Help Guide to edible wild plants?

MinnesotaSmith

Has No Life - Lives on TB
Hi. I'm adding to my kids' time capsule, and I realized I did not have a guide to edible wild plants in it. Looking around on Amazon (the bad reviews are super helpful), it seems that all of them either weren't just the U.S., lacked color photos, peed away space on plants that were rare or had "religious" meaning, or were about "medicinal" plants, which is not what I'm looking for here. Any help suggesting a GOOD guide to edible wild plants in the U.S. would be much appreciated. Thanks!
 

spinner

Senior Member
Edible Wild Plants by Elias and Dykeman is a very good guide. I really think that you need more than one. The Peterson Field Guides are generally good, but the pictures are drawings not photos in this one. The Peterson guide to medicinal plants is good and has a lot of information that is applied to food plants and it has good photos.

This is the E and D book.
Edible Wild Plants: A North American Field Guide to Over 200 Natural Foods: Elias, Thomas, Dykeman, Peter: 9781402767159: Amazon.com: Books
 

school marm

Contributing Member
I've spent a lot of time researching medicinal plants, and one of the things I've learned can also be applied to edible plants: you want a guide specific to your area. Many of the edible plants in the desert don't grow in the humid Midwest, and vice versa. Even if they do, they are probably going to look a lot different. And more regional references probably aren't going to make Amazon's top sellers list, either. Good luck.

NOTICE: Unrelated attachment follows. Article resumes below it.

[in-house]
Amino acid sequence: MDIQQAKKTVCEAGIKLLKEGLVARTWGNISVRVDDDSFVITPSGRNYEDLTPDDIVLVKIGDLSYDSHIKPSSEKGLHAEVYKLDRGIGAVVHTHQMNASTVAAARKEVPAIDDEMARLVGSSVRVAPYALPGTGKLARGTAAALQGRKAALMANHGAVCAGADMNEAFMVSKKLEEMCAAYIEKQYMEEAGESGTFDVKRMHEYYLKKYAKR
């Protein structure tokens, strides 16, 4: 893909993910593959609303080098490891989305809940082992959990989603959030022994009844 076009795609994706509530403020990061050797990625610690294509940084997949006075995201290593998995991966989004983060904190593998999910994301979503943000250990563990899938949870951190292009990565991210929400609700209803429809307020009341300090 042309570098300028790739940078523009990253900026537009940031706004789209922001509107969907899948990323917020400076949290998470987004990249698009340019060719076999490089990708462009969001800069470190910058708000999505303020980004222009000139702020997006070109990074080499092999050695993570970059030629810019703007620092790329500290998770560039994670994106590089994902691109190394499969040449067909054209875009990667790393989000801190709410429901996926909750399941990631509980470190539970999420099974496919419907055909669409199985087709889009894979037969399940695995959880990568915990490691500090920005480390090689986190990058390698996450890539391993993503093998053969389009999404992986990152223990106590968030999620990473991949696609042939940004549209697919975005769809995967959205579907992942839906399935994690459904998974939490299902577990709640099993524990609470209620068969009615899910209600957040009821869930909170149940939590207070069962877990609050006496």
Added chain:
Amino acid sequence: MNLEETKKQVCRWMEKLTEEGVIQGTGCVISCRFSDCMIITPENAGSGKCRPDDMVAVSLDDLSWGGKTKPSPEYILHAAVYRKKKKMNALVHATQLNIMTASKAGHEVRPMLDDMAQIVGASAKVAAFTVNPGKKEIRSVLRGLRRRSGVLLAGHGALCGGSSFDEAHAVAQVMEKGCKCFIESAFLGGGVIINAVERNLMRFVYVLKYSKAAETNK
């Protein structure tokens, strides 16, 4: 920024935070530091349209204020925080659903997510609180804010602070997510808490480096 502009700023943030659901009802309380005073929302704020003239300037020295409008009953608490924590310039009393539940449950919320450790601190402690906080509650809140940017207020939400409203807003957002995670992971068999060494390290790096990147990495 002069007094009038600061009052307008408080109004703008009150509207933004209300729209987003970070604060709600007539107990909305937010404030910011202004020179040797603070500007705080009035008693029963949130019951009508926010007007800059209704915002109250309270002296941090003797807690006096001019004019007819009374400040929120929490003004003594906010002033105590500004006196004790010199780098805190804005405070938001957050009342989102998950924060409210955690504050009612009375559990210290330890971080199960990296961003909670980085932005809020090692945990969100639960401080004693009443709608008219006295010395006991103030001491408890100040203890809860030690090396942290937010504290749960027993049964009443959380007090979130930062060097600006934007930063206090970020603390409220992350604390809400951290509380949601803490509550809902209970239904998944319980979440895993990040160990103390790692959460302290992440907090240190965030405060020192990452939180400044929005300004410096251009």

Freeholder

This too shall pass.
The best guides available for much of the United States (not, I think, the Southwest -- at least not yet) are by Samuel Thayer. He's written three so far. The Forager's Harvest, Nature's Garden, and Incredible Wild Edibles.

There are others that are good, but these are by far the best.

Kathleen
 

Donna_in_OK

Contributing Member
Daylilies -- all parts are edible. I am expanding my collection this year. Most do not know that they are edible. Flowers, leaves, and even the tubers. They reproduce well, and is a thing I plan on utilizing in the future.
 
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